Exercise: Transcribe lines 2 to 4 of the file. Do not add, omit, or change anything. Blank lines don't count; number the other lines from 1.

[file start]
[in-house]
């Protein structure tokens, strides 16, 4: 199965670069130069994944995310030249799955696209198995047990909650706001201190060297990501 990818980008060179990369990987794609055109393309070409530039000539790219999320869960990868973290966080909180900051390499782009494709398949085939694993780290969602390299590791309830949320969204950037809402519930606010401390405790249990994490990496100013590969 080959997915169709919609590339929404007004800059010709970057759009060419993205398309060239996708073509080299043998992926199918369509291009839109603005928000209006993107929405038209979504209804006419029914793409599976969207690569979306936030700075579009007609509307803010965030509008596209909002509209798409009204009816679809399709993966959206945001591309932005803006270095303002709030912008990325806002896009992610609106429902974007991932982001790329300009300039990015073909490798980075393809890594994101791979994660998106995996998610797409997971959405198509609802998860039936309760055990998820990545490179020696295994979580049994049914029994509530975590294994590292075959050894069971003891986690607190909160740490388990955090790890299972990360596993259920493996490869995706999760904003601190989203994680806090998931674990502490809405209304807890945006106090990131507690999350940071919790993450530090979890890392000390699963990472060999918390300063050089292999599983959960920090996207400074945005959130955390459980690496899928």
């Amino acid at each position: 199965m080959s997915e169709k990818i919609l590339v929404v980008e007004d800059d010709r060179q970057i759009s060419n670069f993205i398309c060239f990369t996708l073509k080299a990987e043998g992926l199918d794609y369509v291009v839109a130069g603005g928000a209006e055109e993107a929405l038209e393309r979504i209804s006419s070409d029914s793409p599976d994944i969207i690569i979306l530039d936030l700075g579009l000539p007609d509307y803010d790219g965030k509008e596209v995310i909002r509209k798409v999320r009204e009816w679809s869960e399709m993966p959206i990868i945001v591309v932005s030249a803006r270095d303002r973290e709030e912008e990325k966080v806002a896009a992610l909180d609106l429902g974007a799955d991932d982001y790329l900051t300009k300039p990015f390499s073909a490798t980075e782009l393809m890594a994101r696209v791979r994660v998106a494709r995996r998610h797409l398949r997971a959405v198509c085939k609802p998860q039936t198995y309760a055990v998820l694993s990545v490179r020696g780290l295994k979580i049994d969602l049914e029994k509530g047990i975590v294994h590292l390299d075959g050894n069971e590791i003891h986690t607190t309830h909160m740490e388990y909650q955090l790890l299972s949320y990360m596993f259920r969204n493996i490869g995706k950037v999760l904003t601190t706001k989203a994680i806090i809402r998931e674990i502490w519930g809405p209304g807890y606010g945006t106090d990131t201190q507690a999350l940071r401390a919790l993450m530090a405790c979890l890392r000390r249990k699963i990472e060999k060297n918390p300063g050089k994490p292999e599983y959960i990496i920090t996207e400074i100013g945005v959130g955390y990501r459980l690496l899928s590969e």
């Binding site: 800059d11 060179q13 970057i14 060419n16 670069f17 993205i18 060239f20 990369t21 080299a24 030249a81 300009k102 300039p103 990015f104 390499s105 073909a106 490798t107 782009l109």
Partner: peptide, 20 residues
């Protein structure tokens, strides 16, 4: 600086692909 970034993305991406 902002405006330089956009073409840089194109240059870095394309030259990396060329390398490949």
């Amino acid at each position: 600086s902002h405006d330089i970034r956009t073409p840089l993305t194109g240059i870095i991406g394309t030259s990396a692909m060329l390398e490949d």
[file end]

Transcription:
């Protein structure tokens, strides 16, 4: 199965670069130069994944995310030249799955696209198995047990909650706001201190060297990501 990818980008060179990369990987794609055109393309070409530039000539790219999320869960990868973290966080909180900051390499782009494709398949085939694993780290969602390299590791309830949320969204950037809402519930606010401390405790249990994490990496100013590969 080959997915169709919609590339929404007004800059010709970057759009060419993205398309060239996708073509080299043998992926199918369509291009839109603005928000209006993107929405038209979504209804006419029914793409599976969207690569979306936030700075579009007609509307803010965030509008596209909002509209798409009204009816679809399709993966959206945001591309932005803006270095303002709030912008990325806002896009992610609106429902974007991932982001790329300009300039990015073909490798980075393809890594994101791979994660998106995996998610797409997971959405198509609802998860039936309760055990998820990545490179020696295994979580049994049914029994509530975590294994590292075959050894069971003891986690607190909160740490388990955090790890299972990360596993259920493996490869995706999760904003601190989203994680806090998931674990502490809405209304807890945006106090990131507690999350940071919790993450530090979890890392000390699963990472060999918390300063050089292999599983959960920090996207400074945005959130955390459980690496899928």
């Amino acid at each position: 199965m080959s997915e169709k990818i919609l590339v929404v980008e007004d800059d010709r060179q970057i759009s060419n670069f993205i398309c060239f990369t996708l073509k080299a990987e043998g992926l199918d794609y369509v291009v839109a130069g603005g928000a209006e055109e993107a929405l038209e393309r979504i209804s006419s070409d029914s793409p599976d994944i969207i690569i979306l530039d936030l700075g579009l000539p007609d509307y803010d790219g965030k509008e596209v995310i909002r509209k798409v999320r009204e009816w679809s869960e399709m993966p959206i990868i945001v591309v932005s030249a803006r270095d303002r973290e709030e912008e990325k966080v806002a896009a992610l909180d609106l429902g974007a799955d991932d982001y790329l900051t300009k300039p990015f390499s073909a490798t980075e782009l393809m890594a994101r696209v791979r994660v998106a494709r995996r998610h797409l398949r997971a959405v198509c085939k609802p998860q039936t198995y309760a055990v998820l694993s990545v490179r020696g780290l295994k979580i049994d969602l049914e029994k509530g047990i975590v294994h590292l390299d075959g050894n069971e590791i003891h986690t607190t309830h909160m740490e388990y909650q955090l790890l299972s949320y990360m596993f259920r969204n493996i490869g995706k950037v999760l904003t601190t706001k989203a994680i806090i809402r998931e674990i502490w519930g809405p209304g807890y606010g945006t106090d990131t201190q507690a999350l940071r401390a919790l993450m530090a405790c979890l890392r000390r249990k699963i990472e060999k060297n918390p300063g050089k994490p292999e599983y959960i990496i920090t996207e400074i100013g945005v959130g955390y990501r459980l690496l899928s590969e």
């Binding site: 800059d11 060179q13 970057i14 060419n16 670069f17 993205i18 060239f20 990369t21 080299a24 030249a81 300009k102 300039p103 990015f104 390499s105 073909a106 490798t107 782009l109």